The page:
It’s Black History Month.  Let’s celebrate and commemorate all those folks who pushed or pulled us onto a path of freedom and equality.

 I caught the #201 bus at the Howard Street station.  I must say the bus driver was a CTA wonder.  He was polite, considerate and patient.  When passengers greeted him, he returned their greetings pleasantly.  And when he picked up senior citizens or those physically challenged, he waited until they were seated rather than pulling off and knocking them to the floor as some drivers do.  A couple got on the bus, and I gave the man a second look.  He was unshaven and missing most of his front teeth and, judging from the way he dragged one leg as he walked with a cane, he had suffered a stroke.  The couple sat down on the “priority” seats up front.

At the corner of Custer Street, the bus picked up two African-American women, who came on board most animatedly as they greeted, laughed and talked to the bus driver and the couple up front.  They all seemed to know one another. 

One of the two women came up the aisle toward me and greeted me with a lively, “Good morning, pretty lady.”  Wow.  That took me by surprise, but it certainly brightened my day.  I returned her greeting with an ear-to-ear smile and asked how she was.  “I’m just fine, thank you, just fine,” she replied as she sat down behind me.  I felt I had known her forever.

The other woman sat down a few seats from the couple up-front.  The couple and these two women continued to converse with each other in a familiar, caring black-people-I-grew-up-with fashion.  I was flooded with warm memories of all those black people I loved, and who loved me. 

As the bus approached Ridge and Oakton, the woman in the front got up to exit.  She threw kisses to the woman behind me and told her she would talk to her that evening.  She told me to have a blessed day, and I waved and told her goodbye in response. She stopped to hug the couple up-front before grabbing the pole near the door.  As the doors of the bus opened, she told the bus driver how glad she was to see him and wished him a good day.  She stepped off the bus, but her warmth remained.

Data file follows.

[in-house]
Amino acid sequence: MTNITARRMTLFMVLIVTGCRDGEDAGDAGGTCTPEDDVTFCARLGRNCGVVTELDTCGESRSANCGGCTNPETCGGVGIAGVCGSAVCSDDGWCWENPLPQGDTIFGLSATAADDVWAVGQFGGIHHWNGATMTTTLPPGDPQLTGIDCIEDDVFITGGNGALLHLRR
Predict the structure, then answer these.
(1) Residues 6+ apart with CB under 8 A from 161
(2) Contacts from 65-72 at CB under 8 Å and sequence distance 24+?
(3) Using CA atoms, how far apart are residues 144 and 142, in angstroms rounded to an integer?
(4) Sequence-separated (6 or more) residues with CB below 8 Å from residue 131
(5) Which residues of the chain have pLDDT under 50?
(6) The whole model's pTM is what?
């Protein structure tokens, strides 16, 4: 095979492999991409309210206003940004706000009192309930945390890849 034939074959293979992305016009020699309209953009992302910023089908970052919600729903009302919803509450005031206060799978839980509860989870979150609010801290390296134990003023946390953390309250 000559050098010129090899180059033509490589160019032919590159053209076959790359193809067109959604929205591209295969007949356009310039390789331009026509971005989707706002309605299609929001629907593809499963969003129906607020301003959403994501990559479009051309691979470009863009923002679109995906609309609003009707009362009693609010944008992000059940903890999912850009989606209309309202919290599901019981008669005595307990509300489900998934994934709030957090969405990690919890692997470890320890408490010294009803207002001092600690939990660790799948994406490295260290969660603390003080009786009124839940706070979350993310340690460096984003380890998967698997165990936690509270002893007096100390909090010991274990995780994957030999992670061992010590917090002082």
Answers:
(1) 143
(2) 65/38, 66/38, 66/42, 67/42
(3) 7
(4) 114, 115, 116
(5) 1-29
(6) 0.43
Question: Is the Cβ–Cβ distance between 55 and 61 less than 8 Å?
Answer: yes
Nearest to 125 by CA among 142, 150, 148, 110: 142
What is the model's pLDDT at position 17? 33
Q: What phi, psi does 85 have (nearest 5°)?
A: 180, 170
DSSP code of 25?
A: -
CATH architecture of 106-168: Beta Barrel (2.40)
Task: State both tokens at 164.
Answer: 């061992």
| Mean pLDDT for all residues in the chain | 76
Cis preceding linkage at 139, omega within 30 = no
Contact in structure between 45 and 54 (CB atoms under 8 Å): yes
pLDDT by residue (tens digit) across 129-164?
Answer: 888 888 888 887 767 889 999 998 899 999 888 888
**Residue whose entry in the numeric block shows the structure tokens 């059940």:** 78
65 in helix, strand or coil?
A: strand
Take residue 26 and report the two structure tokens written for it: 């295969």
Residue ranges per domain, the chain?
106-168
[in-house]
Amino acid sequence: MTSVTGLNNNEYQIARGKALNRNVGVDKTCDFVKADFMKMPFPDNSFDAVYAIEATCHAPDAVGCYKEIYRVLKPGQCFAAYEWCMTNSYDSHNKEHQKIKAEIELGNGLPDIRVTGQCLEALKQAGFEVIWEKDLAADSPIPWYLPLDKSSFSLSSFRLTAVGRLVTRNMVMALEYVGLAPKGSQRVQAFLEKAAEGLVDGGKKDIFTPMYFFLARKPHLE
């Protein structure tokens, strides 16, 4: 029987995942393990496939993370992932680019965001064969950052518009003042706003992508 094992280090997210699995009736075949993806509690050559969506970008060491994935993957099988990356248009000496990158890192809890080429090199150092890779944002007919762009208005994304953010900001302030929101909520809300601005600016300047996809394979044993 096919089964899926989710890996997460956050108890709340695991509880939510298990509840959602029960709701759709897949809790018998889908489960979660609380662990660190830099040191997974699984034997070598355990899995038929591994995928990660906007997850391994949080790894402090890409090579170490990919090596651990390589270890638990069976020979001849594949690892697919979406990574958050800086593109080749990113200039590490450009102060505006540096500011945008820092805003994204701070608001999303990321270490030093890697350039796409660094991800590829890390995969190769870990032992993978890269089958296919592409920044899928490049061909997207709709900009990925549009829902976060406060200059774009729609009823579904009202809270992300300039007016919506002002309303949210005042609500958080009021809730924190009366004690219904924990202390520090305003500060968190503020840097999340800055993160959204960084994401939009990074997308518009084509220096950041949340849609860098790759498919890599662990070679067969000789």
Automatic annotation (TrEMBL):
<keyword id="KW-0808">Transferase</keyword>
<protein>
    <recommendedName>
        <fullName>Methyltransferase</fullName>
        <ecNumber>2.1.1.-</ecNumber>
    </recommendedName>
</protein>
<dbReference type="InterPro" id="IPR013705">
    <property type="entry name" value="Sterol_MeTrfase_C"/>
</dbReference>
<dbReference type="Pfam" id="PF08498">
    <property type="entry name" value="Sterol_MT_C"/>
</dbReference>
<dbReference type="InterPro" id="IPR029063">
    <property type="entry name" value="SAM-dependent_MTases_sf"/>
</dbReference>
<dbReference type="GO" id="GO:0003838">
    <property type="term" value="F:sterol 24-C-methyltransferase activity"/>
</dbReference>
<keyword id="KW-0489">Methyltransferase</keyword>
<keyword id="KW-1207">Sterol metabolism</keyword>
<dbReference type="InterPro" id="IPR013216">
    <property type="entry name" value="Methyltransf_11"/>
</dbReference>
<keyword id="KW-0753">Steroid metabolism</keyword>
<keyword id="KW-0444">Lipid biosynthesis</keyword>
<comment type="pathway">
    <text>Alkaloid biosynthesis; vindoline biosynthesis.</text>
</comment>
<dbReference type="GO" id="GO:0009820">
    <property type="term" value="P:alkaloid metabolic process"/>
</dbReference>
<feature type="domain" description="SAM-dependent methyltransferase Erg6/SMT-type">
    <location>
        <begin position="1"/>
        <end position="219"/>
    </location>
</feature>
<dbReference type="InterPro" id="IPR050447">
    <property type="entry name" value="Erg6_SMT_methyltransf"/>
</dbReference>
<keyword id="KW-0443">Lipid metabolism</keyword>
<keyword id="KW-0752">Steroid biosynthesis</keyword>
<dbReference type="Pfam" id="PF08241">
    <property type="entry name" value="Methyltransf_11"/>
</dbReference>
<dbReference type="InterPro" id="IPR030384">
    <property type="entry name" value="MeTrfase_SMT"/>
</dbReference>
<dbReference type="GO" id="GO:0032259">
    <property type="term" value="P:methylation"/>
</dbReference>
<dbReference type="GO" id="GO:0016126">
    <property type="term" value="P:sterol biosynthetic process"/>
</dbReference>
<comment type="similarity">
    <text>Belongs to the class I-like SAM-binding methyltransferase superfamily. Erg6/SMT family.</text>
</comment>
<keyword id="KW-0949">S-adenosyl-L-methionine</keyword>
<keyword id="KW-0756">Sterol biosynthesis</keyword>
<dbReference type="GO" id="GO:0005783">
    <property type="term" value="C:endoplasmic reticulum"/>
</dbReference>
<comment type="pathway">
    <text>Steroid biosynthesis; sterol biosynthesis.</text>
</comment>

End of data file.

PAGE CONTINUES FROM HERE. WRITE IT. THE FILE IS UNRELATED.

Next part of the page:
As the bus pulled off, the woman behind me said:  “That woman has been through a lot.  There was a time she was homeless.  I had her come stay with me.  She’s a precious soul.  I just love her.  She’s doing all right now; she’s doing all right.  With the Lord’s kind mercy, she’s doing all right.”

I turned to the woman and smiled.  “Thank goodness there are people like you, who help others get over when they’re filled with despair.”  The woman looked at me and smiled.  She filled me with her grace.

How I got over, How I got over, My soul looks back and wonders

How I got over.” —   from an African-American spiritual by Clara Ward.

“It is a fool who does not love himself and his people.”  — Elijah Muhammad (African-American; 1897-1975; American religious leader).